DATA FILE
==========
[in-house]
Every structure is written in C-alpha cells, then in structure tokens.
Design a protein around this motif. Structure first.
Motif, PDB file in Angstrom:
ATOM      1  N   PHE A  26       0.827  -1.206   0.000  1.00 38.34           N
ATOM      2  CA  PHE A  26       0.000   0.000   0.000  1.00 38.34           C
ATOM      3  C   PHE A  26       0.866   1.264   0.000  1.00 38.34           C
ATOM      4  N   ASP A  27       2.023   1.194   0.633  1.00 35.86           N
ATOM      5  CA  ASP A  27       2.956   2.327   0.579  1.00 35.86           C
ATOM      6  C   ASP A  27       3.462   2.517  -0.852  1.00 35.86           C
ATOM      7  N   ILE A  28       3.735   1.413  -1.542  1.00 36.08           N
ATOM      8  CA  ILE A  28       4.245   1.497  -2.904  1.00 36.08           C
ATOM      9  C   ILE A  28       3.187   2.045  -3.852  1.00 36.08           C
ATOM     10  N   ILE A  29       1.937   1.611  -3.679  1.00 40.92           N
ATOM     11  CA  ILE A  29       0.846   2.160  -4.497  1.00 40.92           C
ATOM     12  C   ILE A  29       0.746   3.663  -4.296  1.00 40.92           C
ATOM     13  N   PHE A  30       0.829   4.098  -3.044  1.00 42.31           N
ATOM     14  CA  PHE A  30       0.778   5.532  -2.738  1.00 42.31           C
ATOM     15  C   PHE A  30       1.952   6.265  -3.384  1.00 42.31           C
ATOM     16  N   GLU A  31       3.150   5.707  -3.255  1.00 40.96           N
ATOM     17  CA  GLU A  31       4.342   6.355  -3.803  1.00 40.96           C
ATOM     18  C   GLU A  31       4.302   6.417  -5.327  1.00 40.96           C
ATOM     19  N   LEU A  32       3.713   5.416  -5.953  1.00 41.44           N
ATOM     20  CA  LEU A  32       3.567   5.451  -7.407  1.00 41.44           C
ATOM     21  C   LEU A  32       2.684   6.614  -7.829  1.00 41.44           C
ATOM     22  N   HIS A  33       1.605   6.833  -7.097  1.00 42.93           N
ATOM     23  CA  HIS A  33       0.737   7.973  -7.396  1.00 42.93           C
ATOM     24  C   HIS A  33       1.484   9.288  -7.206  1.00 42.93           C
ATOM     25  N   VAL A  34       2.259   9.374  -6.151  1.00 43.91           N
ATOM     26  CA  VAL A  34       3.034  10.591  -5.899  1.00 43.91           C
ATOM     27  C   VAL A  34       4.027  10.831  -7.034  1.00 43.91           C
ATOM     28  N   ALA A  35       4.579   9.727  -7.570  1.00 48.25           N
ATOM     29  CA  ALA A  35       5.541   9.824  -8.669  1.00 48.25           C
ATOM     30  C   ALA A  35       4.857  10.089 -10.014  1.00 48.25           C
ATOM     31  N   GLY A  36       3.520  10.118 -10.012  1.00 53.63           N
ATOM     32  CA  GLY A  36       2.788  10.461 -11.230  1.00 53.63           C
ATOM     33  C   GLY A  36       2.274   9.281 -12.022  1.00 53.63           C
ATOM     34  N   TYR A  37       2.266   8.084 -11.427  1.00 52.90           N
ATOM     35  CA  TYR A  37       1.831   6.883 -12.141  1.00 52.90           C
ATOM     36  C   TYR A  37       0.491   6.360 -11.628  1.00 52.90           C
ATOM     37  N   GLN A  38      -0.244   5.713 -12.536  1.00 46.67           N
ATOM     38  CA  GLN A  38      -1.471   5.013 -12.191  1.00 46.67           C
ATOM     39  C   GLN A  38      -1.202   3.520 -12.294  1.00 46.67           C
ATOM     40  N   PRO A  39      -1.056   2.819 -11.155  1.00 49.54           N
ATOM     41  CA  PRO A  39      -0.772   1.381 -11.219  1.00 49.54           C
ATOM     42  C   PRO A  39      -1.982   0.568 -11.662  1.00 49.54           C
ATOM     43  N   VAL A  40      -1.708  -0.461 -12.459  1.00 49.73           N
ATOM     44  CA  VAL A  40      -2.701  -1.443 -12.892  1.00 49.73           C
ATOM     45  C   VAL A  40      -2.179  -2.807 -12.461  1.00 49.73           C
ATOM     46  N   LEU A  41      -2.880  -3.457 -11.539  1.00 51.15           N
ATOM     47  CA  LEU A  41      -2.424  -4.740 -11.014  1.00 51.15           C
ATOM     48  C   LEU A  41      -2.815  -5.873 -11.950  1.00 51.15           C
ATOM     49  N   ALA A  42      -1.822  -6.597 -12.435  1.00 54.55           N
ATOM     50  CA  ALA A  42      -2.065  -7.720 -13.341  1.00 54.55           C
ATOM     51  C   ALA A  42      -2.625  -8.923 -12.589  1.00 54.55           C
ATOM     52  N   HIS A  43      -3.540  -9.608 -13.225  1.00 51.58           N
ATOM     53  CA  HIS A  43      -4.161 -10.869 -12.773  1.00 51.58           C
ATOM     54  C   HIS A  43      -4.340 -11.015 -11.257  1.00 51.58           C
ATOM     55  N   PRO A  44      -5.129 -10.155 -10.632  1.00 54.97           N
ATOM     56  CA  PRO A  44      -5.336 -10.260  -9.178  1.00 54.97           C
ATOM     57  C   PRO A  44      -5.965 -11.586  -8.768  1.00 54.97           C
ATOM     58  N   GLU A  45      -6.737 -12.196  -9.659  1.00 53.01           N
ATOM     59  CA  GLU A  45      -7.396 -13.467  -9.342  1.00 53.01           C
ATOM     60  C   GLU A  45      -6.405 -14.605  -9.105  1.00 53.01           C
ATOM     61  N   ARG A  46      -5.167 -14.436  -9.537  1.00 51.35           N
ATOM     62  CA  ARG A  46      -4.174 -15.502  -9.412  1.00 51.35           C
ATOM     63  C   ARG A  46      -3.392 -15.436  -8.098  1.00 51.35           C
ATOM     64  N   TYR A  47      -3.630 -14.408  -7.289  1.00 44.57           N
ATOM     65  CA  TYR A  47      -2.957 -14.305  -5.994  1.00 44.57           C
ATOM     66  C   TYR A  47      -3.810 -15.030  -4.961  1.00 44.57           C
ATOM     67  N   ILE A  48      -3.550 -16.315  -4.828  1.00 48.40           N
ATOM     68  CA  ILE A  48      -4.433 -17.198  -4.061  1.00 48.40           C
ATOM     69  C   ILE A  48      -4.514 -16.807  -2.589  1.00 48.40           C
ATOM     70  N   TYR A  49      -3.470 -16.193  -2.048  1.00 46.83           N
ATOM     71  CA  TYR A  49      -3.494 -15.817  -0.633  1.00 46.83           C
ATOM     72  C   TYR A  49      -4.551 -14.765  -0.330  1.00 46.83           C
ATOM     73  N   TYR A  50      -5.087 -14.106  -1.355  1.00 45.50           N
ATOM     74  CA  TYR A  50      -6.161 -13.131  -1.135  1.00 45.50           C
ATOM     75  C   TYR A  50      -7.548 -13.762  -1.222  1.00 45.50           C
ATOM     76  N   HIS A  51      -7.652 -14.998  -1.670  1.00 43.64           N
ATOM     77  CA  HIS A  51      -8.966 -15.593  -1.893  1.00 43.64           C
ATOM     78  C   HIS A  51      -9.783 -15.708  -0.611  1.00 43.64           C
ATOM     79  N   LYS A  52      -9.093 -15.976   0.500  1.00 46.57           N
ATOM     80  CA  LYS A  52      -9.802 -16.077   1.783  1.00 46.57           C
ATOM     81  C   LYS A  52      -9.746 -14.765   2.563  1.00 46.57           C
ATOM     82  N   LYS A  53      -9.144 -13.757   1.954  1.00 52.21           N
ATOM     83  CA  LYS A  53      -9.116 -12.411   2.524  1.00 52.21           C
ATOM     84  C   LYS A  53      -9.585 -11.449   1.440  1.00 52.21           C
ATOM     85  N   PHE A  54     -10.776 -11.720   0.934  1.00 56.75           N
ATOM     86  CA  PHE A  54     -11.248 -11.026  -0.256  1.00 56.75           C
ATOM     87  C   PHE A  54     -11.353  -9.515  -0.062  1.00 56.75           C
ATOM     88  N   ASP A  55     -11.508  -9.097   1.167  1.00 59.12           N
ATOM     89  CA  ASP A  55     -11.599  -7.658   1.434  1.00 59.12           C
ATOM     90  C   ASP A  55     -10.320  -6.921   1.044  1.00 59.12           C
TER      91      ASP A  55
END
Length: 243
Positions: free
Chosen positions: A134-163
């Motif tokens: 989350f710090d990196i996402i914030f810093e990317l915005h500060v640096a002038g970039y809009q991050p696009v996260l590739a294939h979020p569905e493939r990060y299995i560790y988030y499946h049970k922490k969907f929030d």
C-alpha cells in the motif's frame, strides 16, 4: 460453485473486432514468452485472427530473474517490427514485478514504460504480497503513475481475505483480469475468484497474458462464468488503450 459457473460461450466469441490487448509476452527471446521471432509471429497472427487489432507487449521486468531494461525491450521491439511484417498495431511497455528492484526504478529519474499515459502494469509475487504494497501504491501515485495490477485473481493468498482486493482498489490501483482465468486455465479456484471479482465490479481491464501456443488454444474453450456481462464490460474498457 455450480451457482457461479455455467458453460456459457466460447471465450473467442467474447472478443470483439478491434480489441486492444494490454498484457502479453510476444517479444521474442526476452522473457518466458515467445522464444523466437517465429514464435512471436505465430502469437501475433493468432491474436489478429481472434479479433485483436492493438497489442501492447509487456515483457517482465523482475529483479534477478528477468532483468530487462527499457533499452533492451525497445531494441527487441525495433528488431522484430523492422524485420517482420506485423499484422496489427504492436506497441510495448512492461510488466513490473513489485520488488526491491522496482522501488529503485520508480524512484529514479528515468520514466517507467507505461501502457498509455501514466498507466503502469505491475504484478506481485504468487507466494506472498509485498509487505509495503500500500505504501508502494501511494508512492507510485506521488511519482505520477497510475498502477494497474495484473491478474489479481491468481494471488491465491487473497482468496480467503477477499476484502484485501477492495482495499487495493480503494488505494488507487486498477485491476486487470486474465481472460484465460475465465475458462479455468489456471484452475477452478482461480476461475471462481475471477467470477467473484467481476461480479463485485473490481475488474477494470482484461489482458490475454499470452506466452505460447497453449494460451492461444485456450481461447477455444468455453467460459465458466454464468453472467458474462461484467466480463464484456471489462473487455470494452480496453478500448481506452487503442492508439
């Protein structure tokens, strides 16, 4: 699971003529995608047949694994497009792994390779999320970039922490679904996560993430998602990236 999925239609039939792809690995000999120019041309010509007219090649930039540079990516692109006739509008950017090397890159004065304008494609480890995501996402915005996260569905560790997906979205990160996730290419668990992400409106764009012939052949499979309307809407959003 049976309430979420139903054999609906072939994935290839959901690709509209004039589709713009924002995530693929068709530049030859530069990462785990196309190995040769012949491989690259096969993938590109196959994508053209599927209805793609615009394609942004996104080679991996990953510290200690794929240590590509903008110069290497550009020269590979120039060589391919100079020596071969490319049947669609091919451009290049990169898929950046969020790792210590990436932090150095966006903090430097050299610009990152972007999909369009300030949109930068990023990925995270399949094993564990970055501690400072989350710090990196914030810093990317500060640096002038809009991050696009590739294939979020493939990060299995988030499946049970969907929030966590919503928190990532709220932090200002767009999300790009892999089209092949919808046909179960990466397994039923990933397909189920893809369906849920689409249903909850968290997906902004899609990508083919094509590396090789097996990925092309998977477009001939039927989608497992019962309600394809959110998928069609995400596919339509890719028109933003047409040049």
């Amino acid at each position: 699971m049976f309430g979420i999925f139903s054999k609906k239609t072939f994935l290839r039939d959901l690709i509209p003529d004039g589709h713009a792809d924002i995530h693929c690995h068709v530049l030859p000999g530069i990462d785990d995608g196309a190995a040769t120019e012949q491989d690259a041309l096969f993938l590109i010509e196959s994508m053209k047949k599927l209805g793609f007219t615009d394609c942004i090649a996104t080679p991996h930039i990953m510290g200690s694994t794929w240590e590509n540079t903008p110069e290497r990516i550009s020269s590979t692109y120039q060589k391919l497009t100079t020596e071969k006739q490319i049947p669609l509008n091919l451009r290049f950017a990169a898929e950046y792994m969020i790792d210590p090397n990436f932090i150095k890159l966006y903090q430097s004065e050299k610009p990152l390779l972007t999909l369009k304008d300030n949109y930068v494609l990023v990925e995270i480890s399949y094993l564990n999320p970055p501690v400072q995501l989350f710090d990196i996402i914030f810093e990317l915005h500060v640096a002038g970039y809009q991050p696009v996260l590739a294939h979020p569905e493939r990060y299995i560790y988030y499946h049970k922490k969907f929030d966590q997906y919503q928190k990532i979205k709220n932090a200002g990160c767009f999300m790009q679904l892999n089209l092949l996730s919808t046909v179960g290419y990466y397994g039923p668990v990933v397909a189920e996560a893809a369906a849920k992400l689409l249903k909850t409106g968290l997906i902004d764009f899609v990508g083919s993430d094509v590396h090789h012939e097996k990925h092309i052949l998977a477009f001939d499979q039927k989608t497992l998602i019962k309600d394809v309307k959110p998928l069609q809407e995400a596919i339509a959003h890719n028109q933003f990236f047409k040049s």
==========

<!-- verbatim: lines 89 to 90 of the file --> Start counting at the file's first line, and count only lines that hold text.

ATOM     85  N   PHE A  54     -10.776 -11.720   0.934  1.00 56.75           N
ATOM     86  CA  PHE A  54     -11.248 -11.026  -0.256  1.00 56.75           C